The Tables Turn: Associations Foreclosing on Banks for Unpaid Dues on Properties They’ve Acquired
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The Florida Statutes are clear—persons who purchase a residential foreclosure with outstanding assessments and dues attached to it are responsible for paying those past-due amounts to the governing association upon taking possession of the property. See Fla. Stat. § 718.116(1)(a) (applying to condominiums); see also Fla. Stat. § 720.3085(2) (applying to property governed by homeowners’ associations). This Florida law applies to banks as well.
This means that when a bank purchases a residential property at a foreclosure sale, the bank is responsible for paying to the association the past-due fees and assessments on that subject property (up to a capped amount—see below). However, as reported by the Community Associations Institute, 70% of the time, banks don’t pay those past-due assessments and fees to the respective association. The result is associations are left without much-needed revenue used to maintain their communities.
Does this mean that associations are simply out of luck? Absolutely not! The Florida Statutes also provide associations with a much needed remedy. Florida associations are given a statutory lien on residential property for unpaid assessments and dues. That statutory lien allows associations to “foreclose a lien for assessments in the same manner in which a mortgage of real property is foreclosed. . . .” Fla. Stat. § 720.3085(1)(c) (applying to homeowners’ associations; see also Fla. Stat. § 718.116(6)(a) (applying to condominium associations). This statutory lien can be used by an association to foreclose on a bank that hasn’t paid the past-due assessments and fees it owes.
Florida’s condo associations must keep in mind, however, that if the bank acquiring the residential property through foreclosure is the first money mortgage lender for that property then its liability for past-due assessments is limited by the “safe harbor” provision of § 718.116(1)(b), Florida Statutes. The safe harbor provision states that the first mortgagee’s liability is limited to 12 months of unpaid past assessments or 1% of the original mortgage debt, whichever is less. That past due amount must be paid to the association within 30 days of the bank receiving the title. Moreover, the bank is then responsible for 100% of future assessments while it owns title to the property. If the bank fails to pay either the safe harbor amount or the future assessments, the association can foreclose on it.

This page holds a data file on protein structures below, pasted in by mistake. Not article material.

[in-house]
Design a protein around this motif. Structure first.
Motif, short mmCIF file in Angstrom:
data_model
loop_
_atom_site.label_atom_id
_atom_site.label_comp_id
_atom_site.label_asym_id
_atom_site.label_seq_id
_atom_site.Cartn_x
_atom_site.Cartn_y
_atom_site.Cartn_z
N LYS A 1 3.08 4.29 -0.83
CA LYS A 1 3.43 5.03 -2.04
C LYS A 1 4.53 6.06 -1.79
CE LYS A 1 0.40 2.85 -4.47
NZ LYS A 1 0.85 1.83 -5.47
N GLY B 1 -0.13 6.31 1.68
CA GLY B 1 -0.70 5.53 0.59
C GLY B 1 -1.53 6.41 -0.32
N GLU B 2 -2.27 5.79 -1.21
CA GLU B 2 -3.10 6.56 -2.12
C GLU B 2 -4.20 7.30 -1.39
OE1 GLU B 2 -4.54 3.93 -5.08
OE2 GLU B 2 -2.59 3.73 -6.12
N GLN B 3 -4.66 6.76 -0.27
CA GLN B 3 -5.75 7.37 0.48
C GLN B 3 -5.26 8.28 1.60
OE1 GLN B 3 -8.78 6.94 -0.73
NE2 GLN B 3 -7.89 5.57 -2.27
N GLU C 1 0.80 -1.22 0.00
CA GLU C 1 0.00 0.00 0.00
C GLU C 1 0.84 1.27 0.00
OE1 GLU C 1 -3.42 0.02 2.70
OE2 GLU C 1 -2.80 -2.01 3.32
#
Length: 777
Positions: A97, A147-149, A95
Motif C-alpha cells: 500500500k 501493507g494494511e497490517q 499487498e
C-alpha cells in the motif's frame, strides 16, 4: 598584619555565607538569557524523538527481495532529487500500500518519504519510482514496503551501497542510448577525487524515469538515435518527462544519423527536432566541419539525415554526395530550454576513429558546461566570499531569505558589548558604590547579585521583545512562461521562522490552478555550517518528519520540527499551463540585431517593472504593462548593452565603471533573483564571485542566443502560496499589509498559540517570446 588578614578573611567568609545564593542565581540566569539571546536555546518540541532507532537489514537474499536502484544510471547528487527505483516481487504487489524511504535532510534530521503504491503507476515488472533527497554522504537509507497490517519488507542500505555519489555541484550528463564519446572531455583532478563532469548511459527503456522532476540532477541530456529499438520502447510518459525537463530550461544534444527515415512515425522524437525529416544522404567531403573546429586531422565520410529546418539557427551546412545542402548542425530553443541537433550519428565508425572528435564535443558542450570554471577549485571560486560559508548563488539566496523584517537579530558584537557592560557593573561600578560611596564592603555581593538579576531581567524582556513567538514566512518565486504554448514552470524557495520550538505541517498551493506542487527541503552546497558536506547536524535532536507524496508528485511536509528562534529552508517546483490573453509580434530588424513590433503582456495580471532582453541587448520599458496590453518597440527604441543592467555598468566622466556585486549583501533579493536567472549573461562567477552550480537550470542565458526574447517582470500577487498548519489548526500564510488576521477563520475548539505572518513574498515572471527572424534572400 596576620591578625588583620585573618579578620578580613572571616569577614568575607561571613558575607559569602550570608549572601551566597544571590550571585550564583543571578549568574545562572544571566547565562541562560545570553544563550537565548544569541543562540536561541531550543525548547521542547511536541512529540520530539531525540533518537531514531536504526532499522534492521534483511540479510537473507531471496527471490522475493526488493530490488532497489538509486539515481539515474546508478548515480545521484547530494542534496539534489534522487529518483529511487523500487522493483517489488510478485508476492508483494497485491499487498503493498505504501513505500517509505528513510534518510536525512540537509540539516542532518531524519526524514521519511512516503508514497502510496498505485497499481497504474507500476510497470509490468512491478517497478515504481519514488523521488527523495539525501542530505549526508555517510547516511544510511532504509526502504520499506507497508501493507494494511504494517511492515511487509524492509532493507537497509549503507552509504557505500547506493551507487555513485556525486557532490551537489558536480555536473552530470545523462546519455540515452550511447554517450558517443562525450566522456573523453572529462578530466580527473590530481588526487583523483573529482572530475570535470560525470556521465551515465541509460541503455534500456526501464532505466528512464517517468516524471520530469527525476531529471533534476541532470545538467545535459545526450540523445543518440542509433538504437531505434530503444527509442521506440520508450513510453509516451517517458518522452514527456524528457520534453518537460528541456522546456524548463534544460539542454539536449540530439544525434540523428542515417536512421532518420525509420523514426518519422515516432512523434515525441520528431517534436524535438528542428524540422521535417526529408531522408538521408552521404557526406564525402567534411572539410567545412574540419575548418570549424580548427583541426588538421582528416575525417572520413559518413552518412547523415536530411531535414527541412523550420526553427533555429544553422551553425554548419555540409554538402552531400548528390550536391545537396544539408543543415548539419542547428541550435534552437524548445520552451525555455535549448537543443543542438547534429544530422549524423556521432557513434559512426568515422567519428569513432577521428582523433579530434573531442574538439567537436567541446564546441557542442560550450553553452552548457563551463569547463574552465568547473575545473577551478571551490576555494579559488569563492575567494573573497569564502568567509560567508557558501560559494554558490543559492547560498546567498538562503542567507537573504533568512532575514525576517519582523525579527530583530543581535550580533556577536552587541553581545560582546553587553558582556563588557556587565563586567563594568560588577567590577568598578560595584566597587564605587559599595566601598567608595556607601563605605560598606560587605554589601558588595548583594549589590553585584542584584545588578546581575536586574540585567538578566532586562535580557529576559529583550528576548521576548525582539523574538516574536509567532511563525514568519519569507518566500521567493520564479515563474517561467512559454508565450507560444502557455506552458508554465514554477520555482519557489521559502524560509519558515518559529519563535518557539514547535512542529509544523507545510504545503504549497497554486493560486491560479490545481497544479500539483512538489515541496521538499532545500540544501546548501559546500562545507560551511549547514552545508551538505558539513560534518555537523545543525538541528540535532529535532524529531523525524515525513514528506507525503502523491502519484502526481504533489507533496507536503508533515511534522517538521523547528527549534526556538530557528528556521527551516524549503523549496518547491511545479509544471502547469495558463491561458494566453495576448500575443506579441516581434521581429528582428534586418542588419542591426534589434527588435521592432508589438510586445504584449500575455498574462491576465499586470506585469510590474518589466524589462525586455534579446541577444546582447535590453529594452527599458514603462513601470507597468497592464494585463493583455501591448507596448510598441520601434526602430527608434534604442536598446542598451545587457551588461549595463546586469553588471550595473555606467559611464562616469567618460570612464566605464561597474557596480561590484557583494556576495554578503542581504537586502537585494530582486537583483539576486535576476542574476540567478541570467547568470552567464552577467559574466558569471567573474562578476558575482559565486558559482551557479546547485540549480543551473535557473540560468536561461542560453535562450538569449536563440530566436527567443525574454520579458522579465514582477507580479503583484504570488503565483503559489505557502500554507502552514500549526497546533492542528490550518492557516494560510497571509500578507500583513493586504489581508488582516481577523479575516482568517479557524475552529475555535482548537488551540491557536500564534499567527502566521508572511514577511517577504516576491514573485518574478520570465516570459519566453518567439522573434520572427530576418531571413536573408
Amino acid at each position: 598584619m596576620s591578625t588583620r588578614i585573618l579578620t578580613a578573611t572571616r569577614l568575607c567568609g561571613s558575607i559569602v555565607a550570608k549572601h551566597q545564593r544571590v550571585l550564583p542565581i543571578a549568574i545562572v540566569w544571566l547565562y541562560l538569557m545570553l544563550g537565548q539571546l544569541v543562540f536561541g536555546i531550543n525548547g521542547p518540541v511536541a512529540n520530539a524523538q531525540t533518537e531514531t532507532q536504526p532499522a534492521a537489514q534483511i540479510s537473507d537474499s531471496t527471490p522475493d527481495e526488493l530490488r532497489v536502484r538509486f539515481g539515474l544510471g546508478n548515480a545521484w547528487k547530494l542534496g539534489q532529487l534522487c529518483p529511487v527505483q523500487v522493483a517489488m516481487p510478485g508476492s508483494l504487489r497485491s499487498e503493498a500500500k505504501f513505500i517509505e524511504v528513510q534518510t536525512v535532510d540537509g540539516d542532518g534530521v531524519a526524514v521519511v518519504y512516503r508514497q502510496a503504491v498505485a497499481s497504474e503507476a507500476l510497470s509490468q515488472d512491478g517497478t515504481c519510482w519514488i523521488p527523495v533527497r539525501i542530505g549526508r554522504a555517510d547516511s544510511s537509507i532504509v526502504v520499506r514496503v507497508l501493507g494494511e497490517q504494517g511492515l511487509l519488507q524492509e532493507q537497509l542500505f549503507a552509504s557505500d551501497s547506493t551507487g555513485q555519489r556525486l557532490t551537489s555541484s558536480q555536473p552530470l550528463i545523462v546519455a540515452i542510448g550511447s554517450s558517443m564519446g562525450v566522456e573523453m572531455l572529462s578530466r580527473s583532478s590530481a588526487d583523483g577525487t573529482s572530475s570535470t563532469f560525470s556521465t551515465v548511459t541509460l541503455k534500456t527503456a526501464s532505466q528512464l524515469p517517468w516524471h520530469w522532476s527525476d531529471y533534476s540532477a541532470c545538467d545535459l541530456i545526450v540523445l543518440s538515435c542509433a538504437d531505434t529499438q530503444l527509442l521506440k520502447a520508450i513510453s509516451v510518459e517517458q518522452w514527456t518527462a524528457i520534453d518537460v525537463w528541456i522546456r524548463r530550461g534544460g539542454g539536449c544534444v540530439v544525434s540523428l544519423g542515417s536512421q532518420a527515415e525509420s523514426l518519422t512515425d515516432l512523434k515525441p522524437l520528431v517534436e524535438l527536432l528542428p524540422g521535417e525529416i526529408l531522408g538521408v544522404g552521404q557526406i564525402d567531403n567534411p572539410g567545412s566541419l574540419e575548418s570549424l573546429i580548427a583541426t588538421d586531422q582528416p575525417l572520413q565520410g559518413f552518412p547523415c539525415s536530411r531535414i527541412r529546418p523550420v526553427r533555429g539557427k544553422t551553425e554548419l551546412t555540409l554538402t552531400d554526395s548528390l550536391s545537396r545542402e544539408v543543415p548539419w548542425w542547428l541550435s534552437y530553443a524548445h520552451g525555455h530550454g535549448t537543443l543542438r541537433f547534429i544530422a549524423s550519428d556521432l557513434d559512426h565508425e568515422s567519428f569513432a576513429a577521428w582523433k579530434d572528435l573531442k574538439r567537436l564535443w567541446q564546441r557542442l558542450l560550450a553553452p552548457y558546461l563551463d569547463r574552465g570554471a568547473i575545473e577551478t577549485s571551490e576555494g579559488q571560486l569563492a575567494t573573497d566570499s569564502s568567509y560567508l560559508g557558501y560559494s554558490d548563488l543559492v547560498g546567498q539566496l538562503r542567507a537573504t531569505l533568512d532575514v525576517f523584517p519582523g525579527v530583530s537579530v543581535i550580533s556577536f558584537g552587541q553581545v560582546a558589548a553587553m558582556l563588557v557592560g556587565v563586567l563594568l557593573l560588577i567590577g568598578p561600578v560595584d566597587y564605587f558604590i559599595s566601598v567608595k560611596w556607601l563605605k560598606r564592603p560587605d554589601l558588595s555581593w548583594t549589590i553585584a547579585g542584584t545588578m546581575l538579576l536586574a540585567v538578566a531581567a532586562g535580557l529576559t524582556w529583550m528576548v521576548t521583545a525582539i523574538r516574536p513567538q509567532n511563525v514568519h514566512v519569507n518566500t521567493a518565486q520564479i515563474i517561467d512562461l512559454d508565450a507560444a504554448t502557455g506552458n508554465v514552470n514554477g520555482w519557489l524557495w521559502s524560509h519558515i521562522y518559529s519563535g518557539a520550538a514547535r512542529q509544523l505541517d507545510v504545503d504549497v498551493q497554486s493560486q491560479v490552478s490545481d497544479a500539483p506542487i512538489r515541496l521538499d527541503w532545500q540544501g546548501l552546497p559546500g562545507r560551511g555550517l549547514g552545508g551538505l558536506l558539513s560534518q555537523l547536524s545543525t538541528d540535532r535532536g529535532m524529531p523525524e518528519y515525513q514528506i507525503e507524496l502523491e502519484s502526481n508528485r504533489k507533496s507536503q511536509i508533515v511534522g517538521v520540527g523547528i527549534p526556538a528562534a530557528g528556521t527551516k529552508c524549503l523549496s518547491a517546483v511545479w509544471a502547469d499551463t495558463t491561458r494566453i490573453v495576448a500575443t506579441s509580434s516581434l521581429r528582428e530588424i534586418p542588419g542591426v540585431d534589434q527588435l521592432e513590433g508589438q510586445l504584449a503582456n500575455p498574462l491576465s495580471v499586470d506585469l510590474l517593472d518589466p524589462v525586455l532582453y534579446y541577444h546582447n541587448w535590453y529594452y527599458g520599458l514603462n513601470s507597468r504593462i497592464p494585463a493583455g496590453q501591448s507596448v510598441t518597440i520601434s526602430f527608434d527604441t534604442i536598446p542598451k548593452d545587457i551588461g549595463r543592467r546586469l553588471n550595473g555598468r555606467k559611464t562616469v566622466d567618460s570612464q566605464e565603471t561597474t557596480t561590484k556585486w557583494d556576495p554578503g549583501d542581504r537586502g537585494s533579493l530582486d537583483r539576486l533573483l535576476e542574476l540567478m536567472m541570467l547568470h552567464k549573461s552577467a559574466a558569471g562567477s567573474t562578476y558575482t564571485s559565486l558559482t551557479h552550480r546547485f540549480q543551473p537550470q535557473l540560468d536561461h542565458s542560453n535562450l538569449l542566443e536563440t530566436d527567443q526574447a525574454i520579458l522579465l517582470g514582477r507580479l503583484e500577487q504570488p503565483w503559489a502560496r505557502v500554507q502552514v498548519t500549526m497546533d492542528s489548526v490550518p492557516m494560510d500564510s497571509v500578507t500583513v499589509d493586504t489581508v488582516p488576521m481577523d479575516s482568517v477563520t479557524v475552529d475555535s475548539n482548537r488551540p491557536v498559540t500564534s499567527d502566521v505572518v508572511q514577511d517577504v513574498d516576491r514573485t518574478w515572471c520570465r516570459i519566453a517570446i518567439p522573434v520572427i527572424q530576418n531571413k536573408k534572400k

In order to foreclose on the bank, the association must first file a valid claim of lien against the financial institution. See Fla. Stat. § 718.116(5); see also Fla. Stat. § 720.3085(1). If the claim of lien is recorded, and the bank doesn’t respond by paying in full the assessments and fees it owes, the association can then move forward with the foreclosure process. This process includes delivering to the bank the Notice of Intent to Foreclose Lien and, if the bank doesn’t respond to the Notice, ultimately foreclosing on the property.
This strategy is great for an association to ensure it is receiving the assessments and fees owed to it once a bank acquires one of its properties. Associations utilizing this strategy have found that banks, more often than not, pay the outstanding assessments and fees rather than risk losing the property via foreclosure.
However, if the bank never pays up, the association, through the foreclosure process, may end up in a position where it can ultimately generate extra revenue in this depressed housing market. For example, if the association obtains possession of these properties through the foreclosure process, it can then rent out those properties. Over time, the association may end up with more revenue from rental income than it would have by simply receiving the past-due assessments and fees in the first place.
For associations finding themselves in this situation, it may be time they turn the tables on the banks and initiate foreclosure proceedings on financial institutions that refuse to pay past-due assessments and fees.